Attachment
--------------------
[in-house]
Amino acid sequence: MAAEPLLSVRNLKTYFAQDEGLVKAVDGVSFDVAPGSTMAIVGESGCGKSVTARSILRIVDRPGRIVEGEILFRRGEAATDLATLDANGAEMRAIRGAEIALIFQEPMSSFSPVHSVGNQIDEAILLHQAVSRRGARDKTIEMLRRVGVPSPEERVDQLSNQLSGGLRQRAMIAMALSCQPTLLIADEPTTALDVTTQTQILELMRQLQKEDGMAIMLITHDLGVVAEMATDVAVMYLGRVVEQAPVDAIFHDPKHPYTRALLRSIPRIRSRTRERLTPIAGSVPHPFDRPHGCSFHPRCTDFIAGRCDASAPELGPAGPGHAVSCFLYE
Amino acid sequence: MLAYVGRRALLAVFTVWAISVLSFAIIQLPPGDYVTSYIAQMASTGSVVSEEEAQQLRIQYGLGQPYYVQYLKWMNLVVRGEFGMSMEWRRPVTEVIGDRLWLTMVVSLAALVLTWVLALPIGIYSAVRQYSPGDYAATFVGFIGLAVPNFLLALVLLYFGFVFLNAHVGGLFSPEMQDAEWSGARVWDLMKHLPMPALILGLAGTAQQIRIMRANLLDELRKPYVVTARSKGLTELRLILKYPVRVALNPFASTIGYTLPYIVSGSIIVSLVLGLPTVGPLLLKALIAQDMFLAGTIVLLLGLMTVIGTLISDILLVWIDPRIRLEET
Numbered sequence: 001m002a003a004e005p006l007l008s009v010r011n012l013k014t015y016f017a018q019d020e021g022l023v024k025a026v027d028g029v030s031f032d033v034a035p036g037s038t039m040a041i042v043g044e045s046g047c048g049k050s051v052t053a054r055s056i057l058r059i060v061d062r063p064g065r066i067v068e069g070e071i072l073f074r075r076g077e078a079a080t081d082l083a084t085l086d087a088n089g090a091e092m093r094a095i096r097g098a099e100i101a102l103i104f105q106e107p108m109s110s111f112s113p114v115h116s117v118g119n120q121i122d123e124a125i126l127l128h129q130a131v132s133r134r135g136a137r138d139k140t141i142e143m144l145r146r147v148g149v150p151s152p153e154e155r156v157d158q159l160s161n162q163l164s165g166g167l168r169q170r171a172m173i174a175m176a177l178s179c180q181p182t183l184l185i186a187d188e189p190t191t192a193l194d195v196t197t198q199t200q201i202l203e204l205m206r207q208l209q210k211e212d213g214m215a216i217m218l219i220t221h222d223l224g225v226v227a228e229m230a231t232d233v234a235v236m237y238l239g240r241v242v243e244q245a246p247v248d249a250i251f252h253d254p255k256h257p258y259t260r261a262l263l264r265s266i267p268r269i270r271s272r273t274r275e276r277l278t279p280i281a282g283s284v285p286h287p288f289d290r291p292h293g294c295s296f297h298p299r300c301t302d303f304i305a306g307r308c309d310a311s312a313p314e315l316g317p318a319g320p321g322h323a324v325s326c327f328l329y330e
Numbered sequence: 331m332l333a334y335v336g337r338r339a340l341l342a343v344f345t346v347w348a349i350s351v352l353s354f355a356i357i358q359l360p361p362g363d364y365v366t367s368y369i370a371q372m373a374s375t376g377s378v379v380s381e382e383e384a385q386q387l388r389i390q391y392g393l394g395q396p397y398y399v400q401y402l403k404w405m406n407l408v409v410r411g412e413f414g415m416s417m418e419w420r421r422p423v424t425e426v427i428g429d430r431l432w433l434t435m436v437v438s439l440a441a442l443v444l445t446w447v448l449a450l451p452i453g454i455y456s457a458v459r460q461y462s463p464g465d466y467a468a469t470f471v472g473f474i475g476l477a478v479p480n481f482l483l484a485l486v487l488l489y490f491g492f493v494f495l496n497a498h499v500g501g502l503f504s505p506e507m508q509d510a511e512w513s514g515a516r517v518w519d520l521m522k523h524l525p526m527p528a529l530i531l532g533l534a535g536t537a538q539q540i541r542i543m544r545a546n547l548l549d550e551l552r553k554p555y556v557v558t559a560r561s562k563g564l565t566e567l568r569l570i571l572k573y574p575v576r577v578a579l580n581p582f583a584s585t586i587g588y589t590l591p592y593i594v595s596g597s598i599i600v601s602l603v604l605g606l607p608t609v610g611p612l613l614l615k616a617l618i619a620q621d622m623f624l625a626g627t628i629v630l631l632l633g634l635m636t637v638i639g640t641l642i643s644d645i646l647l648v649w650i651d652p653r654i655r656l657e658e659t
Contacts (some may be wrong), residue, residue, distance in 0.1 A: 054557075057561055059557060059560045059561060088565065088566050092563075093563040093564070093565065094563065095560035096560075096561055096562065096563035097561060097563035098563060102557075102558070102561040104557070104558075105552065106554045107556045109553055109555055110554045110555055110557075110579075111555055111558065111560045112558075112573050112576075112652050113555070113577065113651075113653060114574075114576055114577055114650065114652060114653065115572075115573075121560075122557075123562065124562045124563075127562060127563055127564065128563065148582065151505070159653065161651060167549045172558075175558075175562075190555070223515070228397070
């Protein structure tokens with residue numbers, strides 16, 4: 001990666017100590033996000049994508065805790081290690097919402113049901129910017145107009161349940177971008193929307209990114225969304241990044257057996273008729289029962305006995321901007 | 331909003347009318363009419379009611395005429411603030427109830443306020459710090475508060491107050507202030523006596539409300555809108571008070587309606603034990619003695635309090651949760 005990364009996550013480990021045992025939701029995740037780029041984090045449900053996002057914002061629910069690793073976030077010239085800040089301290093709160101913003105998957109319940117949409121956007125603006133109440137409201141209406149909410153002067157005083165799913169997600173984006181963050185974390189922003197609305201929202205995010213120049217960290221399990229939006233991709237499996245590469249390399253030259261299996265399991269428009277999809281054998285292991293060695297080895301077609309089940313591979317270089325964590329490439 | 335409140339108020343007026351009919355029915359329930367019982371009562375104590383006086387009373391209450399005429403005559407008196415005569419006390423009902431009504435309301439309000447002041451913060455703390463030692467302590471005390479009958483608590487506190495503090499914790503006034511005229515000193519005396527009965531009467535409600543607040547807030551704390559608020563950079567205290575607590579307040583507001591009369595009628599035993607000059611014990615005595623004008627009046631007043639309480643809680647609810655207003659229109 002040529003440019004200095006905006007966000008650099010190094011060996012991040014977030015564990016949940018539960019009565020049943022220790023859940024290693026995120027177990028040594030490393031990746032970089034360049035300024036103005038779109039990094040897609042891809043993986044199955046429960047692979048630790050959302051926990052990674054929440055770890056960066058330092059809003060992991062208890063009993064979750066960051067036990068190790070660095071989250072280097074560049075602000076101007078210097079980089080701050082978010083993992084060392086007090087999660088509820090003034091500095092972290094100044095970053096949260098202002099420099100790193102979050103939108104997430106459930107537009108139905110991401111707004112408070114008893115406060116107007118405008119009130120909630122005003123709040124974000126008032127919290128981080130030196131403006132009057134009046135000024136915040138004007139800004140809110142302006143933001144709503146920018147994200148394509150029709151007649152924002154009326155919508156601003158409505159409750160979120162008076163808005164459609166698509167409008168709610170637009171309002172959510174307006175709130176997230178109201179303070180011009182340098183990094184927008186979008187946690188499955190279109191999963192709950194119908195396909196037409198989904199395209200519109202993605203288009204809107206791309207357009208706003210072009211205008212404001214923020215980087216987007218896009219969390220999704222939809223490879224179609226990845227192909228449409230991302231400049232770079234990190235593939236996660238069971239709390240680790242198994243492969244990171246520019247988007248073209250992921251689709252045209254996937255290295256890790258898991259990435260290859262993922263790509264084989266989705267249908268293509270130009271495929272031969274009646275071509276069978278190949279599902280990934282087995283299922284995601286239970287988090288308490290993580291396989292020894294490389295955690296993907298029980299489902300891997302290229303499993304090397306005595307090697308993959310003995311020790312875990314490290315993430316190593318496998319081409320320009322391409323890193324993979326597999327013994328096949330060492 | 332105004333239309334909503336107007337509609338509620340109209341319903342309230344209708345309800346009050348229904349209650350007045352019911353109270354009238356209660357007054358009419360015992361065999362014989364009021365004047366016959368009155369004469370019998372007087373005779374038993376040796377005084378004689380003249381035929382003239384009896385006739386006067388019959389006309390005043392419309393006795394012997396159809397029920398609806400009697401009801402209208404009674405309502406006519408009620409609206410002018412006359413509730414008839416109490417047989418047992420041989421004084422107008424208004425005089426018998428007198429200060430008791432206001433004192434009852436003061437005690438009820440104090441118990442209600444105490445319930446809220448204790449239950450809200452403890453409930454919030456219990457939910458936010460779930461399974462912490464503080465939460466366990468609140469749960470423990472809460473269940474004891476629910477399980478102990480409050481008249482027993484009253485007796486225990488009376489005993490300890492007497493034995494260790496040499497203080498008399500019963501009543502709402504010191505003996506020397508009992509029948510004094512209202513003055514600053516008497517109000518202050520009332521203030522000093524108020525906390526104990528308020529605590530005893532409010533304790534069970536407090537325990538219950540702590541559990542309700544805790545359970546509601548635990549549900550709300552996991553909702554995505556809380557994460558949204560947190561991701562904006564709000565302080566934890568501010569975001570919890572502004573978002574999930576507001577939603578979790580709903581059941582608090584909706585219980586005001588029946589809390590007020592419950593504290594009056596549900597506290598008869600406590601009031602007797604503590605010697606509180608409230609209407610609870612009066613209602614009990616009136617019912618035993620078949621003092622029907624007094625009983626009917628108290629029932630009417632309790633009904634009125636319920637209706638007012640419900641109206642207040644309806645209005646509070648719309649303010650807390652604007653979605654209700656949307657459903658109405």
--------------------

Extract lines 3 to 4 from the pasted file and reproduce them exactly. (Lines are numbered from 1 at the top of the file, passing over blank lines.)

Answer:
Amino acid sequence: MLAYVGRRALLAVFTVWAISVLSFAIIQLPPGDYVTSYIAQMASTGSVVSEEEAQQLRIQYGLGQPYYVQYLKWMNLVVRGEFGMSMEWRRPVTEVIGDRLWLTMVVSLAALVLTWVLALPIGIYSAVRQYSPGDYAATFVGFIGLAVPNFLLALVLLYFGFVFLNAHVGGLFSPEMQDAEWSGARVWDLMKHLPMPALILGLAGTAQQIRIMRANLLDELRKPYVVTARSKGLTELRLILKYPVRVALNPFASTIGYTLPYIVSGSIIVSLVLGLPTVGPLLLKALIAQDMFLAGTIVLLLGLMTVIGTLISDILLVWIDPRIRLEET
Numbered sequence: 001m002a003a004e005p006l007l008s009v010r011n012l013k014t015y016f017a018q019d020e021g022l023v024k025a026v027d028g029v030s031f032d033v034a035p036g037s038t039m040a041i042v043g044e045s046g047c048g049k050s051v052t053a054r055s056i057l058r059i060v061d062r063p064g065r066i067v068e069g070e071i072l073f074r075r076g077e078a079a080t081d082l083a084t085l086d087a088n089g090a091e092m093r094a095i096r097g098a099e100i101a102l103i104f105q106e107p108m109s110s111f112s113p114v115h116s117v118g119n120q121i122d123e124a125i126l127l128h129q130a131v132s133r134r135g136a137r138d139k140t141i142e143m144l145r146r147v148g149v150p151s152p153e154e155r156v157d158q159l160s161n162q163l164s165g166g167l168r169q170r171a172m173i174a175m176a177l178s179c180q181p182t183l184l185i186a187d188e189p190t191t192a193l194d195v196t197t198q199t200q201i202l203e204l205m206r207q208l209q210k211e212d213g214m215a216i217m218l219i220t221h222d223l224g225v226v227a228e229m230a231t232d233v234a235v236m237y238l239g240r241v242v243e244q245a246p247v248d249a250i251f252h253d254p255k256h257p258y259t260r261a262l263l264r265s266i267p268r269i270r271s272r273t274r275e276r277l278t279p280i281a282g283s284v285p286h287p288f289d290r291p292h293g294c295s296f297h298p299r300c301t302d303f304i305a306g307r308c309d310a311s312a313p314e315l316g317p318a319g320p321g322h323a324v325s326c327f328l329y330e